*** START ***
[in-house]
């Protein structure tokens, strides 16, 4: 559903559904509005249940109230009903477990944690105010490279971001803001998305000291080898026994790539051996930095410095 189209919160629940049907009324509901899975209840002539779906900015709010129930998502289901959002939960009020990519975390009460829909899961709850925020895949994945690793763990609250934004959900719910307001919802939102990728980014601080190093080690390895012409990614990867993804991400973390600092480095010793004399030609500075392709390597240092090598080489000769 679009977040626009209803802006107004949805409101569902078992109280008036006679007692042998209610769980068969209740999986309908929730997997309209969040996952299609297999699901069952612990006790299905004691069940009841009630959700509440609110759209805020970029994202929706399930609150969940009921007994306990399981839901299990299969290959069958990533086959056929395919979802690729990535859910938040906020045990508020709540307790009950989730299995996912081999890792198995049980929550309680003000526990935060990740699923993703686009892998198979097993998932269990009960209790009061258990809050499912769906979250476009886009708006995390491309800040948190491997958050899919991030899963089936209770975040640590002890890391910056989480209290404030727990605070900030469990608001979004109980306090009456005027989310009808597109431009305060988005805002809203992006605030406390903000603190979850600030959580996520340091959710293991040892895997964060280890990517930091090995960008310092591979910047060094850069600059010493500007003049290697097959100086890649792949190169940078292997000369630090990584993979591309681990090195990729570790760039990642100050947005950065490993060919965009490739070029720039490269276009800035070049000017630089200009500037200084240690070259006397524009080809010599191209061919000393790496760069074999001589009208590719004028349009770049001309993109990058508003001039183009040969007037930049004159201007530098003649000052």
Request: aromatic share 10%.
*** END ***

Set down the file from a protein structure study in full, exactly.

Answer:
[in-house]
């Protein structure tokens, strides 16, 4: 559903559904509005249940109230009903477990944690105010490279971001803001998305000291080898026994790539051996930095410095 189209919160629940049907009324509901899975209840002539779906900015709010129930998502289901959002939960009020990519975390009460829909899961709850925020895949994945690793763990609250934004959900719910307001919802939102990728980014601080190093080690390895012409990614990867993804991400973390600092480095010793004399030609500075392709390597240092090598080489000769 679009977040626009209803802006107004949805409101569902078992109280008036006679007692042998209610769980068969209740999986309908929730997997309209969040996952299609297999699901069952612990006790299905004691069940009841009630959700509440609110759209805020970029994202929706399930609150969940009921007994306990399981839901299990299969290959069958990533086959056929395919979802690729990535859910938040906020045990508020709540307790009950989730299995996912081999890792198995049980929550309680003000526990935060990740699923993703686009892998198979097993998932269990009960209790009061258990809050499912769906979250476009886009708006995390491309800040948190491997958050899919991030899963089936209770975040640590002890890391910056989480209290404030727990605070900030469990608001979004109980306090009456005027989310009808597109431009305060988005805002809203992006605030406390903000603190979850600030959580996520340091959710293991040892895997964060280890990517930091090995960008310092591979910047060094850069600059010493500007003049290697097959100086890649792949190169940078292997000369630090990584993979591309681990090195990729570790760039990642100050947005950065490993060919965009490739070029720039490269276009800035070049000017630089200009500037200084240690070259006397524009080809010599191209061919000393790496760069074999001589009208590719004028349009770049001309993109990058508003001039183009040969007037930049004159201007530098003649000052």
Request: aromatic share 10%.